31. Duane Arnold says:


    The truth of the Christian revelation is unchanging. The Church is prone “to go along to get along”. That, in my opinion, is what has brought us to this time and place. If we were simply to proclaim the Christ of Scripture, we might do better than trying to adapt to the shifting sands of culture.

  32. John 20:29 says:

    Interesting I just finished listening to Laura Ingram (please don’t tell Michael – sorry, Pastor Newnham) interviewing General Kelly.. It wasn’t the focus of the interview, but he made the comment that for most people in this country their first allegiance used to be to God and country was second… he said with regret that it isn’t that way anymore – is he correct? I think so…

  33. bob1 says:

    I can’t think of anyone I know who puts allegiance to our country ahead of God. What does that even mean, anyway?

    In fact, with all the distrust of ‘govmint” and our institutions, I think the danger is the opposite. .

    I don’t see how it’s wrong to give the proper respect to our institutions. One can easily do that without venerating them or ‘worshipping’ them (again, I have no idea what that even means).

  34. bob1 says:



    Do you remember the Hartford Appeal of 1976?

    The title of a book by the speakers was, “Against the World, for the World.”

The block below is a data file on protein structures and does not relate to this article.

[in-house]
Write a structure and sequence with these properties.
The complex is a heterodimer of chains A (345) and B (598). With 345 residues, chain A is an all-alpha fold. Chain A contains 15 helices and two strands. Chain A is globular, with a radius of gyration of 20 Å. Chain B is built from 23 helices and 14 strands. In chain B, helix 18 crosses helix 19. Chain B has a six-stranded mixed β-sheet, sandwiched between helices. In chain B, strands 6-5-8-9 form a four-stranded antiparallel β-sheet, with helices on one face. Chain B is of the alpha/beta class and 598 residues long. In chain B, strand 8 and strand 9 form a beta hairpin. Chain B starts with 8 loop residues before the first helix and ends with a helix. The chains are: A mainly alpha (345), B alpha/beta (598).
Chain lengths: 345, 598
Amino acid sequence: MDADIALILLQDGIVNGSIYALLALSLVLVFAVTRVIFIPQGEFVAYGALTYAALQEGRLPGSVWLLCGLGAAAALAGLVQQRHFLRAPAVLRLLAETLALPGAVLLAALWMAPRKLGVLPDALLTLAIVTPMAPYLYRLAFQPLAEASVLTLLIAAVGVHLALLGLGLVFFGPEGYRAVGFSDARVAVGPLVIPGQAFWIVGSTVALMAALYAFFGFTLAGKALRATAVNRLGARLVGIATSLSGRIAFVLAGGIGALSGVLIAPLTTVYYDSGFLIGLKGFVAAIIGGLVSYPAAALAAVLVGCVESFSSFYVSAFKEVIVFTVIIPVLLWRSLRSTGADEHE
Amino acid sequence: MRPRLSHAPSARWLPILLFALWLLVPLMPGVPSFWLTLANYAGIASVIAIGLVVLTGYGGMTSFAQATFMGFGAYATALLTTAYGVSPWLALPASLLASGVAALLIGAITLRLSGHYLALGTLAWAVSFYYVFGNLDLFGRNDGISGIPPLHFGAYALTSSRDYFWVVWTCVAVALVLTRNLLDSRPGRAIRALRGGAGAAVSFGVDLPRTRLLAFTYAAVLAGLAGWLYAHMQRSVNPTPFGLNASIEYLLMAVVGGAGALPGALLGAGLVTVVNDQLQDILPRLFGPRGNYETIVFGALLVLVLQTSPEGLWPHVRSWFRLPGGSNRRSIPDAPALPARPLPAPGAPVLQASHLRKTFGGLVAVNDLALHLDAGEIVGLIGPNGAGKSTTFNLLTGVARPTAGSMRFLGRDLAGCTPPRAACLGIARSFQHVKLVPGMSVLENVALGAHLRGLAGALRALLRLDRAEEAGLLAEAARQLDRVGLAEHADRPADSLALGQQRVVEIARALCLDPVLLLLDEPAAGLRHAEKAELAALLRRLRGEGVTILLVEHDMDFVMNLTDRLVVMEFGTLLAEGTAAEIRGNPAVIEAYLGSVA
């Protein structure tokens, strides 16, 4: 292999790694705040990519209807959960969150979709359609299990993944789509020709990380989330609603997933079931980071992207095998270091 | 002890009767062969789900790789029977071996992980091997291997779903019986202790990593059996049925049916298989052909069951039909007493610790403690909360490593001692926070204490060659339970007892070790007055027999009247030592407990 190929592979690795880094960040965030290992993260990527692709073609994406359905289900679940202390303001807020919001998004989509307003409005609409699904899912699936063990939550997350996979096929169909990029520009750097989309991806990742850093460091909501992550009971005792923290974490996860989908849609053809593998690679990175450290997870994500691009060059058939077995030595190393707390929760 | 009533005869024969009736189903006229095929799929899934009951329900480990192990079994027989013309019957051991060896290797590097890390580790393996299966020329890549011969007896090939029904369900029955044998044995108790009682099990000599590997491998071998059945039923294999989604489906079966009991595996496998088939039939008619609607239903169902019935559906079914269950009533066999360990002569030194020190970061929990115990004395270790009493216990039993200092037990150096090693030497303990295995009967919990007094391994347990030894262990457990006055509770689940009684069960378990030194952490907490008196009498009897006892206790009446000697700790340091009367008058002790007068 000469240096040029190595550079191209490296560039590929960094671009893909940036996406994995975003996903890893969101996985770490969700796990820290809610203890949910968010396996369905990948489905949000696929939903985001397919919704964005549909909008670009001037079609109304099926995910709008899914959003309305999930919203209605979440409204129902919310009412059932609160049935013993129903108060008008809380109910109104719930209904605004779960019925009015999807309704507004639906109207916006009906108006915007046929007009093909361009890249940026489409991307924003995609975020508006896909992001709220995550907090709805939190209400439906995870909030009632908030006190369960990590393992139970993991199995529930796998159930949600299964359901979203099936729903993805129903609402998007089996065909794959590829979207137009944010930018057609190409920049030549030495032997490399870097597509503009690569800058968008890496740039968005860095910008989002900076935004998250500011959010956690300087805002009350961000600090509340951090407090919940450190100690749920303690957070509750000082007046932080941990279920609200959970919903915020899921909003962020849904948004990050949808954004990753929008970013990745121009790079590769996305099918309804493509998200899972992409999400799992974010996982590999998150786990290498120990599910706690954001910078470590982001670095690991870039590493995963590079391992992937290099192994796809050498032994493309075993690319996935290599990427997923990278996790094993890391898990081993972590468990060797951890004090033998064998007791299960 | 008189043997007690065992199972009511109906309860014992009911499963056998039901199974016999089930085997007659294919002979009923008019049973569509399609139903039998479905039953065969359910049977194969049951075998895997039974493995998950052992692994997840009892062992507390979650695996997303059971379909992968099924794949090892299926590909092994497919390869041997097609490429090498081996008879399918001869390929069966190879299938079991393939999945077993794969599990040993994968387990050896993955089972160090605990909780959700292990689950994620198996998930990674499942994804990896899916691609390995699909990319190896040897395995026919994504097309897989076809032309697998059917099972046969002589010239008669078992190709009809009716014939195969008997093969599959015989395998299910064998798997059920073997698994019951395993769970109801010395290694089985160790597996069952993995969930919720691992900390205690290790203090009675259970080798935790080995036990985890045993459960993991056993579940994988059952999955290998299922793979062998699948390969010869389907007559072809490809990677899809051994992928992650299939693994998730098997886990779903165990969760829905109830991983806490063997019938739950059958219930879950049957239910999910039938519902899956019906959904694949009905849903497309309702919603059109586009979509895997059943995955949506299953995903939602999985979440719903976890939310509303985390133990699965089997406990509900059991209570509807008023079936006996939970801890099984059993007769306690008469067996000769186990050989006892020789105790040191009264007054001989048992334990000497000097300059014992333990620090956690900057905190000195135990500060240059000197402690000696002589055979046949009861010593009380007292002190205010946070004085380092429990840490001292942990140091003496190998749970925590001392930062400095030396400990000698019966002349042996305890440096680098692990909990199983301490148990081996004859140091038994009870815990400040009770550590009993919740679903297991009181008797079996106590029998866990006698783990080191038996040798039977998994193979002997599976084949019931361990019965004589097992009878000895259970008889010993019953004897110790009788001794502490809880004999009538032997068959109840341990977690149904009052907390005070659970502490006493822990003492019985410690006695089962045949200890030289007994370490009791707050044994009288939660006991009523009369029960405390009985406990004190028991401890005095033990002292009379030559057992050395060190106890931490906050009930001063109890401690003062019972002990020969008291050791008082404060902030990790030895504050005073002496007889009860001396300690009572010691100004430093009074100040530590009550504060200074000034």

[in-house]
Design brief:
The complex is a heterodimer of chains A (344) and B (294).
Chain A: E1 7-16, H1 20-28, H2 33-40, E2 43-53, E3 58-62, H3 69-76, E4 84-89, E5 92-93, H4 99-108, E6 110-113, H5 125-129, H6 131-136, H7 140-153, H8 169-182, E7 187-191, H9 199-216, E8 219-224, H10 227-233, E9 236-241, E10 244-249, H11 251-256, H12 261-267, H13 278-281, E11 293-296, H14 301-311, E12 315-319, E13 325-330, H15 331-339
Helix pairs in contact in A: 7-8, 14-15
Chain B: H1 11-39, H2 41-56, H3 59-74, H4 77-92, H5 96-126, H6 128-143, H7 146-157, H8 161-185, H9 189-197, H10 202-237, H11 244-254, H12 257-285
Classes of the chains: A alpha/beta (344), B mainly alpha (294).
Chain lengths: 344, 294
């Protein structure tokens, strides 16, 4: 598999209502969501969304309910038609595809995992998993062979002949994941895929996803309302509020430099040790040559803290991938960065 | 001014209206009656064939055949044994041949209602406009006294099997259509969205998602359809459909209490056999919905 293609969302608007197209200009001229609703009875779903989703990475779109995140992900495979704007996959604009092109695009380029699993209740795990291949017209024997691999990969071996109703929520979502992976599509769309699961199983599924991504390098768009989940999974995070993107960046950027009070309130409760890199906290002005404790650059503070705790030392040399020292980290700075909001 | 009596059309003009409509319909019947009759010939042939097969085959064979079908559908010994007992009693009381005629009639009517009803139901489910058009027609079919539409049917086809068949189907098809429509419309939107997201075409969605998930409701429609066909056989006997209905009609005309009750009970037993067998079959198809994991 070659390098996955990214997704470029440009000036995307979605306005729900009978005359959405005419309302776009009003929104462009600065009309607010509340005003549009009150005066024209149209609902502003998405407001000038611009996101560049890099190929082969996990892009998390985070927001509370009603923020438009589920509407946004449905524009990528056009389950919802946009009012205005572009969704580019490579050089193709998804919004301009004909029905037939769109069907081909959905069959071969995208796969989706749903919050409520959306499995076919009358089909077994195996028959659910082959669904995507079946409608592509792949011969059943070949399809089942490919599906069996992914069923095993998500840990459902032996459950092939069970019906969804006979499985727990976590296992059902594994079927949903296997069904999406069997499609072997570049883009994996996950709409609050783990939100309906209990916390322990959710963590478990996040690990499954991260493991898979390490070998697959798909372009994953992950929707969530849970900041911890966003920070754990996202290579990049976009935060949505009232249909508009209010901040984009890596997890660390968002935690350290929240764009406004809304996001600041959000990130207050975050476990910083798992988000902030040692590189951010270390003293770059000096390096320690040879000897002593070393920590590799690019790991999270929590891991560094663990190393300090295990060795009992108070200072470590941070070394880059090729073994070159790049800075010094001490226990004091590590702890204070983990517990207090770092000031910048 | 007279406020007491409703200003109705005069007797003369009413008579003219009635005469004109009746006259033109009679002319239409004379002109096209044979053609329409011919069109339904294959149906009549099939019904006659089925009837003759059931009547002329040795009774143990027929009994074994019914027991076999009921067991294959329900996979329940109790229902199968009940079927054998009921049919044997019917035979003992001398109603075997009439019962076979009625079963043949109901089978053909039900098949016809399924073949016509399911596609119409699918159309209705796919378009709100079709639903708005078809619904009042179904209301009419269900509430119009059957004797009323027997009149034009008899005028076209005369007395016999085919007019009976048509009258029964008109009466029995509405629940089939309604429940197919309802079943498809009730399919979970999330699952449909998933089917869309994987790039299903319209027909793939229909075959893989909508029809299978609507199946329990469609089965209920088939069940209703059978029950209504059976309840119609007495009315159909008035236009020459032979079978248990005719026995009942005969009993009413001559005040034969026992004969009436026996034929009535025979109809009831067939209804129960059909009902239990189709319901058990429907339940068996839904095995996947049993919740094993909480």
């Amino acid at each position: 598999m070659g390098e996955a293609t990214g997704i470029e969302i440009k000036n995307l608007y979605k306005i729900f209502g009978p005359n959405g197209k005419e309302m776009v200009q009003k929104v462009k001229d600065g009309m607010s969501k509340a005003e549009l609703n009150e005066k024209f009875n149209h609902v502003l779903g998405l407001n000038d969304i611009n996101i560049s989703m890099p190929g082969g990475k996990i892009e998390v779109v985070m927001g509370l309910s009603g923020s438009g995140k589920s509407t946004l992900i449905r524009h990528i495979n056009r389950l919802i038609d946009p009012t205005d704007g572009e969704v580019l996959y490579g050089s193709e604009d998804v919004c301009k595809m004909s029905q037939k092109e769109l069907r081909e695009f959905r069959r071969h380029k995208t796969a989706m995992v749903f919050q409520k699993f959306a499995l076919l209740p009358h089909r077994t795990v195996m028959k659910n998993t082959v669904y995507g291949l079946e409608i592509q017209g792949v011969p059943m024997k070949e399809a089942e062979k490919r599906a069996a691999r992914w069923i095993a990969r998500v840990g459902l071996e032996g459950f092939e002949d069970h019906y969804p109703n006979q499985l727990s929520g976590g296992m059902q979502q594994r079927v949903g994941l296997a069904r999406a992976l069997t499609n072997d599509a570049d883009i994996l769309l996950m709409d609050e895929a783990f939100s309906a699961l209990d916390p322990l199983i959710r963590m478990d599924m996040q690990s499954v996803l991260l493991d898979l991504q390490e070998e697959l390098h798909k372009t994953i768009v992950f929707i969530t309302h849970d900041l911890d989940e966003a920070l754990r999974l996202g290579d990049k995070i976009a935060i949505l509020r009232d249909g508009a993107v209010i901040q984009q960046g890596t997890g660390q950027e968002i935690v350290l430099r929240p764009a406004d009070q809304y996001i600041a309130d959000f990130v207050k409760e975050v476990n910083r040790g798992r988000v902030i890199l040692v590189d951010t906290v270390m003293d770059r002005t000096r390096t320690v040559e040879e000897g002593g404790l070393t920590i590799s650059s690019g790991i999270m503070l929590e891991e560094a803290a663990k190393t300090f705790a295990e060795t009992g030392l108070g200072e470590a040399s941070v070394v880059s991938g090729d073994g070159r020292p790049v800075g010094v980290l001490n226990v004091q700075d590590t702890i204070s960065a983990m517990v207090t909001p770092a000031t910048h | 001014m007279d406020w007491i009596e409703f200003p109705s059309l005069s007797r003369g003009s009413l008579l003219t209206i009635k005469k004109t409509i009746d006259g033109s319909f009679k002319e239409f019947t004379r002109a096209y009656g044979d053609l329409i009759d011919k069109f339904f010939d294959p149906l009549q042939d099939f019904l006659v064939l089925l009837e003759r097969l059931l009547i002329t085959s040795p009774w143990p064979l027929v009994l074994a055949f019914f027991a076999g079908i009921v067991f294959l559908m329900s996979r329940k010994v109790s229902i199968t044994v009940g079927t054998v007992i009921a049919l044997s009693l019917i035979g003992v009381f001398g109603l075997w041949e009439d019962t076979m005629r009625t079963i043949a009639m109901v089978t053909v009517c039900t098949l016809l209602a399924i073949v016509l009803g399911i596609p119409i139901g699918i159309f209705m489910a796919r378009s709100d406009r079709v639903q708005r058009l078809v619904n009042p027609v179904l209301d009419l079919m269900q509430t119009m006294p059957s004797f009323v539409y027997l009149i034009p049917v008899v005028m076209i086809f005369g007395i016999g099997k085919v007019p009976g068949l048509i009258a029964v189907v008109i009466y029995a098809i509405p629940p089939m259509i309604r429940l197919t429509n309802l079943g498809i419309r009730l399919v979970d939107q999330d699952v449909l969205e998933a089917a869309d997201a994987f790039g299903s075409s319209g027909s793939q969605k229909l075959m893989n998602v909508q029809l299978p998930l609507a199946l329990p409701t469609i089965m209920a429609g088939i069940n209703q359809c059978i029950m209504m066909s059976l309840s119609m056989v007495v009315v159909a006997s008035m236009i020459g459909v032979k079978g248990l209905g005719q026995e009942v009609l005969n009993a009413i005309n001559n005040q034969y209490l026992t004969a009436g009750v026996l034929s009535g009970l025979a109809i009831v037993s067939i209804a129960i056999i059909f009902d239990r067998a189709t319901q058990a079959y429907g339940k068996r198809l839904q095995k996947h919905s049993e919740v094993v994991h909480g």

I think that captures well how the church should be, in a nutshell.

  35. John 20:29 says:

    bob1, my poor expression of what General Kelly said… he was lamenting the fact that we have few who put allegiance to God ahead of everything else… i listened to the program to hear the interview because from what i’ve seen so far, i think this man is a good man of balance and integrity… we need more like him

    but today we do seem to have a contingent of people who are trying to combine God and country as co-equal in our allegiance, don’t you think?

    “I don’t see how it’s wrong to give the proper respect to our institutions.” yes, i can agree with that and i think the general would also… with emphasis on ‘proper,’ eh?

  36. bob1 says:

    but today we do seem to have a contingent of people who are trying to combine God and country as co-equal in our allegiance, don’t you think?

    Yeah, that looks like a fine description of the current Religious Right — they seem to have a really tough time separating the 2 — I mean, God and country. They seem to idolize political power, as long as it’s their candidate, don’t you think?

  37. bob1 says:

    Oh, and I forgot but wanted to say — have a great rest of your day, and night!

  38. Duane Arnold says:

    #35 bob1